Will: Recommended. Fred needs a will to ensure professionals distribute his money and other assets according to his wishes, rather than the default state laws.

Living Will: Recommended. Fred should also have a living will that makes end-of-life decisions in advance.

Power of Attorney: Recommended. Living wills may not be comprehensive and don’t take effect when a person is only temporarily unable to communicate. A POA ensures Fred’s wishes are honored any time he is unable to make decisions for himself. For example, in a medical emergency, a medical POA would take effect if Fred is only temporarily incapacitated.

Scenario 2

Lily is 70 and lives alone. She rents her apartment and doesn’t have any savings, but she does own her car. She has two living siblings who each have adult children. Lily wants to leave her car to her niece when she dies.

green checkmark icon Will: Recommended. It’s always a good idea to have a will. Lily can designate her niece as the beneficiary to receive her car. Otherwise, her estate will go through probate and ownership of the car may be split between her two siblings.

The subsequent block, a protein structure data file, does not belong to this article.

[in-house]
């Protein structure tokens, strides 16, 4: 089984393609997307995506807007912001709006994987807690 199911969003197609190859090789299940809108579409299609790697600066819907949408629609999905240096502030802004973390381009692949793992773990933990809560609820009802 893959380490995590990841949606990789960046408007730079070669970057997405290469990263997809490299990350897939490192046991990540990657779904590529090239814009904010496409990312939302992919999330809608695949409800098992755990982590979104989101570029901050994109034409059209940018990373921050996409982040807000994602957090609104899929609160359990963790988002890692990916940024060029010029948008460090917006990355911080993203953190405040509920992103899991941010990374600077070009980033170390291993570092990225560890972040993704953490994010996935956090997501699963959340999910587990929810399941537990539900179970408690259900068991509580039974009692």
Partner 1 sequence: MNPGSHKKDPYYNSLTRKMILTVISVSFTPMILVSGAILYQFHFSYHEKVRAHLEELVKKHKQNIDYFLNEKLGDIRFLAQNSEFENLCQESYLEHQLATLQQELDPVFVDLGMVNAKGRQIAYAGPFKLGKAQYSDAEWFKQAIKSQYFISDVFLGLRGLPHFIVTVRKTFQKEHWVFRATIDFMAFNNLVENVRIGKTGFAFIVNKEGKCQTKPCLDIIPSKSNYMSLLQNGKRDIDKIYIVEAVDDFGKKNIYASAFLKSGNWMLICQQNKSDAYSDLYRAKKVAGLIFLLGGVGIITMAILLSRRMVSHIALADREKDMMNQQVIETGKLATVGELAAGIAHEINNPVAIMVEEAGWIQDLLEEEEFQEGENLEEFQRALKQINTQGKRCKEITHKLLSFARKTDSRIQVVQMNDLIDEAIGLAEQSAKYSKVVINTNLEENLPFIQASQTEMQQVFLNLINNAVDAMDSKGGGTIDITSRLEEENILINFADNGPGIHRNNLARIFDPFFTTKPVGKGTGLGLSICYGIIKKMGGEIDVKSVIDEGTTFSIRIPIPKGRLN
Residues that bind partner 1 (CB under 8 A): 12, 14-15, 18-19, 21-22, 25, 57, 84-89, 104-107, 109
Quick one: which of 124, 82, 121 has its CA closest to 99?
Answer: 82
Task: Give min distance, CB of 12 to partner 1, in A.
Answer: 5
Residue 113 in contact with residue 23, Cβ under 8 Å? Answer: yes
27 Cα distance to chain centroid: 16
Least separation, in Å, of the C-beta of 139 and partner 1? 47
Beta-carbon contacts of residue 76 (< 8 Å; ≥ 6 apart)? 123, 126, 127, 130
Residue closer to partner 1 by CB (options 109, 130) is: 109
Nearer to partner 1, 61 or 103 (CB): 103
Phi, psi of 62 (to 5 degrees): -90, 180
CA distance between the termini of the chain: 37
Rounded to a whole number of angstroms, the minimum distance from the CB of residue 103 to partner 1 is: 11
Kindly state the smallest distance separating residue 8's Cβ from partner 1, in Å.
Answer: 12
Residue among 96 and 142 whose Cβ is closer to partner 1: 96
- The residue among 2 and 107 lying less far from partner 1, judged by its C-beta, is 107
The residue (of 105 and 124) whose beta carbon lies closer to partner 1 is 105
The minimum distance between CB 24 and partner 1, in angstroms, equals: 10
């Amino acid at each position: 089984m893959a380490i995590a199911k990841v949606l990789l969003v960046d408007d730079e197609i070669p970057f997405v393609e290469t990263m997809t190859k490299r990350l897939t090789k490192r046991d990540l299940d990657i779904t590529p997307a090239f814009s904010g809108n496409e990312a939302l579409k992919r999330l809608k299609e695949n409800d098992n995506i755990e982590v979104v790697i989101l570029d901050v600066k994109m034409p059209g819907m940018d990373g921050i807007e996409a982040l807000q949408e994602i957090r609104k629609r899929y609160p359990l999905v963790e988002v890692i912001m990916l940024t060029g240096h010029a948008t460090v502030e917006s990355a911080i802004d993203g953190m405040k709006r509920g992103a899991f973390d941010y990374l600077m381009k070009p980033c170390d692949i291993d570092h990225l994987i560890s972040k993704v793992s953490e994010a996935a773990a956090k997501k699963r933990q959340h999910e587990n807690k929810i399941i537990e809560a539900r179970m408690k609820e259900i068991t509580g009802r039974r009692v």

yellow checkmark icon Living Will: Not as important as a will. Living wills typically apply to end-of-life scenarios, but POAs can take effect any time a person is unable to communicate, even temporarily.

Power of Attorney: Something to consider. Lily might consider having a will and a POA. It’s unlikely she will become unable to make decisions for herself anytime soon, but it is possible.

Scenario 3

Glen and Susan are in their 80s with two grown children and several grandchildren. They live together but aren’t legally married and have no plans to get married.

Will: Recommended. Glen and Susan should both have a will. If either of them were to die, assets may automatically pass to their grown children rather than the surviving partner, since Glen and Susan aren’t married.

yellow checkmark icon Living Will: Not as important as a will. A living will would take the pressure off of the other partner for end-of-life decisions, but a POA is more comprehensive.